Despite the efforts of my friend and Burleigh County commissioner Mark Armstrong, the city tore down the former Wilton train depot, known for the past twenty-plus years as the Meriwether's building. It also doubled as the ticket office and souvenir for the various incarnations of riverboat which docked thereby. One interesting feature in the area was the sign you see above, which the Big Muddy decided to relocate far south during its flooding rampage last year.
It was Mark, in fact, who tipped me off to this sign last year already. Obviously it's taken me quite a while to find the time to get down there and see it up close for myself. I finally did, however, while taking my little boys on a sandy walk to throw rocks into the water and enjoy a warm sunset. Someone apparently found this sign, which had been washed from the vicinity of the Grant Marsh bridge to a sandy stretch well south of the Memorial Bridge, and decided it to stick it into the ground. It's stayed there ever since, a testament to its resilience.
As far as the plight of the Meriwether's building goes, I can't say I have any feelings one way or the other about it. The last restaurant I remember in the building was driven out of business by the closure of River Road when a section slid, and I can't remember anything ever taking its place. The building is a pretty remote location for a business in all but the warmest few months, so I'm not sure it would have been a good candidate for business even if it had been restored.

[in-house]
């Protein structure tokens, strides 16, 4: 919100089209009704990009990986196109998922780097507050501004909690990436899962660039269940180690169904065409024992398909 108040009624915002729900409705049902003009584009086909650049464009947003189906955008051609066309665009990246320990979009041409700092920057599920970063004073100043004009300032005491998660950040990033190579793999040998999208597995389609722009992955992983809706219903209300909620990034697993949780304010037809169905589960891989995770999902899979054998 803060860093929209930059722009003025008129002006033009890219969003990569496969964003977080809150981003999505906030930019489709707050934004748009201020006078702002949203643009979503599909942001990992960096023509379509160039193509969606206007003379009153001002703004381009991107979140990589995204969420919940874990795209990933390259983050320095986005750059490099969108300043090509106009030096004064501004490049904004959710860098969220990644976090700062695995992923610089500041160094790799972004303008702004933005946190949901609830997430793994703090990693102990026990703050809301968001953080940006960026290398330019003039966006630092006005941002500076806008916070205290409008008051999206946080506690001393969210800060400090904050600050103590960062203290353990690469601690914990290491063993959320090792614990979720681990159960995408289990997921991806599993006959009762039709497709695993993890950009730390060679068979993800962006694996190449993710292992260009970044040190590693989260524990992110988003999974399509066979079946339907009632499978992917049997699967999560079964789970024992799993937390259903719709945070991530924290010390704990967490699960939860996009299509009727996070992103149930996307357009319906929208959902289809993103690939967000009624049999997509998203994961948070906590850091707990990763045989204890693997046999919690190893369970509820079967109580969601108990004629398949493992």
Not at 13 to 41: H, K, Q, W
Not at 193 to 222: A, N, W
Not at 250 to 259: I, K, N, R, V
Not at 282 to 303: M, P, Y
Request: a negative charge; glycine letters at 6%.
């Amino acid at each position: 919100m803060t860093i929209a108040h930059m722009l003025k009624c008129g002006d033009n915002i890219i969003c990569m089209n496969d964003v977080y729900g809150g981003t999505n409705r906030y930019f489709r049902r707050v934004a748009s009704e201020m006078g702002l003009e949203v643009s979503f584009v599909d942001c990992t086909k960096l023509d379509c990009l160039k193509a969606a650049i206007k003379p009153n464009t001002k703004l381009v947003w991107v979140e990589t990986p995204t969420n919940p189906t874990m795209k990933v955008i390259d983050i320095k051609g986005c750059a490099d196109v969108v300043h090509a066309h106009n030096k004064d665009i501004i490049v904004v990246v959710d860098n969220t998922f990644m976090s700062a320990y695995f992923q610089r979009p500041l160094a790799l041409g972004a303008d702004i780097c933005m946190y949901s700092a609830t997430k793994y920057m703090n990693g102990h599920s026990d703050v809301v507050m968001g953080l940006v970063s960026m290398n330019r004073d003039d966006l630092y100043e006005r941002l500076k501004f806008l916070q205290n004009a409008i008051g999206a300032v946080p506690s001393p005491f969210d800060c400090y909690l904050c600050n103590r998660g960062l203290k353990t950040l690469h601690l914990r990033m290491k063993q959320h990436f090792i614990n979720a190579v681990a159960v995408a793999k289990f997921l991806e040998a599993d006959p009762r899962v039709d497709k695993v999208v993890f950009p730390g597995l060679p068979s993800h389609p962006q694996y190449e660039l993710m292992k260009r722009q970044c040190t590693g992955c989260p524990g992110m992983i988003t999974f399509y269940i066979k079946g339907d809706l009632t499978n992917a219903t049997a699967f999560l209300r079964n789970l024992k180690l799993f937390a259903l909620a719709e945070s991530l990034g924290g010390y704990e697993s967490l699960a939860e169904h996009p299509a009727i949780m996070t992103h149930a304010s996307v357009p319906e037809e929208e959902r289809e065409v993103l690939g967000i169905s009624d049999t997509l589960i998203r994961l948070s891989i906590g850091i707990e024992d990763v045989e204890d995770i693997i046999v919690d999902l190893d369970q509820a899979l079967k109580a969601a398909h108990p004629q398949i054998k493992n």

I was on board one hundred percent when Phil and Mark were the super-duo on KFYR AM 550 radio and they set about preserving the Provident Life Weather Beacon. That's a piece of history well known to thousands of people, one which many of us still consult when we want a snapshot of what the weather forecast holds in store. The old depot down by the river? I'm not sorry to say that I doubt many people held the same attachment to it. Sure, there were parts of it that were pretty cool...but one of the best of those has found itself a home about a mile down the river.
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